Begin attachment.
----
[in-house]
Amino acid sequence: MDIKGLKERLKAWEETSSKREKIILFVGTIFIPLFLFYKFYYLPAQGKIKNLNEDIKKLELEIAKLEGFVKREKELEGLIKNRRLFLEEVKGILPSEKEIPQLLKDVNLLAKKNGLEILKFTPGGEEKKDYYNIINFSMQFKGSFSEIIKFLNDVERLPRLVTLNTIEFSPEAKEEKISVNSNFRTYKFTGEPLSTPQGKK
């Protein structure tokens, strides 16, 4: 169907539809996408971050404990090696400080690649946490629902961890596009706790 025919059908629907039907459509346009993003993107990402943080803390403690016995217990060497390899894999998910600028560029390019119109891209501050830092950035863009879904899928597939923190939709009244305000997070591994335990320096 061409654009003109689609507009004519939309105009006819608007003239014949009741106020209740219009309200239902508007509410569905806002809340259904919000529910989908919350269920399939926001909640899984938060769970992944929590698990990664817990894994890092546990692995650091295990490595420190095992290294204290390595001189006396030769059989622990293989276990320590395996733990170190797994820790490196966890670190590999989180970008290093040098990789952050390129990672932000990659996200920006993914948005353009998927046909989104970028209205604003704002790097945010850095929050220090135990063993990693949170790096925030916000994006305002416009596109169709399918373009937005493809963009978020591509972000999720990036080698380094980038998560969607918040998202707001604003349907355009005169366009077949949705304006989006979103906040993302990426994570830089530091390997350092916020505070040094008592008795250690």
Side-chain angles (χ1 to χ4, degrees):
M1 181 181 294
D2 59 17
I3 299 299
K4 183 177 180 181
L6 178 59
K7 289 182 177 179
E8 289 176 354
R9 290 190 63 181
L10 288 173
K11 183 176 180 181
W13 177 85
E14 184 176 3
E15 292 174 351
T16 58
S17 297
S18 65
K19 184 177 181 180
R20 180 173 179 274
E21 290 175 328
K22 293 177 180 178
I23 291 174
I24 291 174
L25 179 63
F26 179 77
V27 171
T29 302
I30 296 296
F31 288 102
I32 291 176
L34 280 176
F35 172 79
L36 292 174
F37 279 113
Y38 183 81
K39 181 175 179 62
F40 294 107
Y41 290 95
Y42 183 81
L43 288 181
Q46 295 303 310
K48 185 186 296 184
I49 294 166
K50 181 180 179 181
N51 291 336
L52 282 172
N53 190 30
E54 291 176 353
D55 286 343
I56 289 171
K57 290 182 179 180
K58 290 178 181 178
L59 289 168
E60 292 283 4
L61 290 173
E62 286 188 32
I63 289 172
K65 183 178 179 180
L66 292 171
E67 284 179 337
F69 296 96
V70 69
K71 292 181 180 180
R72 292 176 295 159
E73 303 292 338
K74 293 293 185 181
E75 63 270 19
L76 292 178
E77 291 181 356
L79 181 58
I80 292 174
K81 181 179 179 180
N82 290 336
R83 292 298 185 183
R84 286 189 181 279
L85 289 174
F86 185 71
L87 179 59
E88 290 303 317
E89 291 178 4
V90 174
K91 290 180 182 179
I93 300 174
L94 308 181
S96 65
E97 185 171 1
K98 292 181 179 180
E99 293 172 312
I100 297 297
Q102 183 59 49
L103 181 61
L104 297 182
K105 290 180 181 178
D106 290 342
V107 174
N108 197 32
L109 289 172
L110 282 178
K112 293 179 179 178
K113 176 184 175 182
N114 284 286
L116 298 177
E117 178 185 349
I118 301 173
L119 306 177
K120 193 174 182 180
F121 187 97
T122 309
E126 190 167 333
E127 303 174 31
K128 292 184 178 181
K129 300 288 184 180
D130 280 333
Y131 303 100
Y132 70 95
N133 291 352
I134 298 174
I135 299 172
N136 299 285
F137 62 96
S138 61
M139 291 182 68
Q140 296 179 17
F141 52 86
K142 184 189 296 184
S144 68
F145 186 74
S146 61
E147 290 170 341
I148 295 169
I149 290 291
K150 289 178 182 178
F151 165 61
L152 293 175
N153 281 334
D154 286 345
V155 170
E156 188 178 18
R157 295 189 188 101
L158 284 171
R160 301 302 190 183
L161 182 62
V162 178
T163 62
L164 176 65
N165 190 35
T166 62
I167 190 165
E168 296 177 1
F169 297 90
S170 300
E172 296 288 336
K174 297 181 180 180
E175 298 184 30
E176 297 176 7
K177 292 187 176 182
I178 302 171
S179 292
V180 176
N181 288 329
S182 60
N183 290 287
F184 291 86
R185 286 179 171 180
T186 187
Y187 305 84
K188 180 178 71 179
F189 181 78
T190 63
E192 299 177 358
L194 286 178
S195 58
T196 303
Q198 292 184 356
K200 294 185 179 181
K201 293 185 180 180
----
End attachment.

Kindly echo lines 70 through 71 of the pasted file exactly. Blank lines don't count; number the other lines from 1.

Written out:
E75 63 270 19
L76 292 178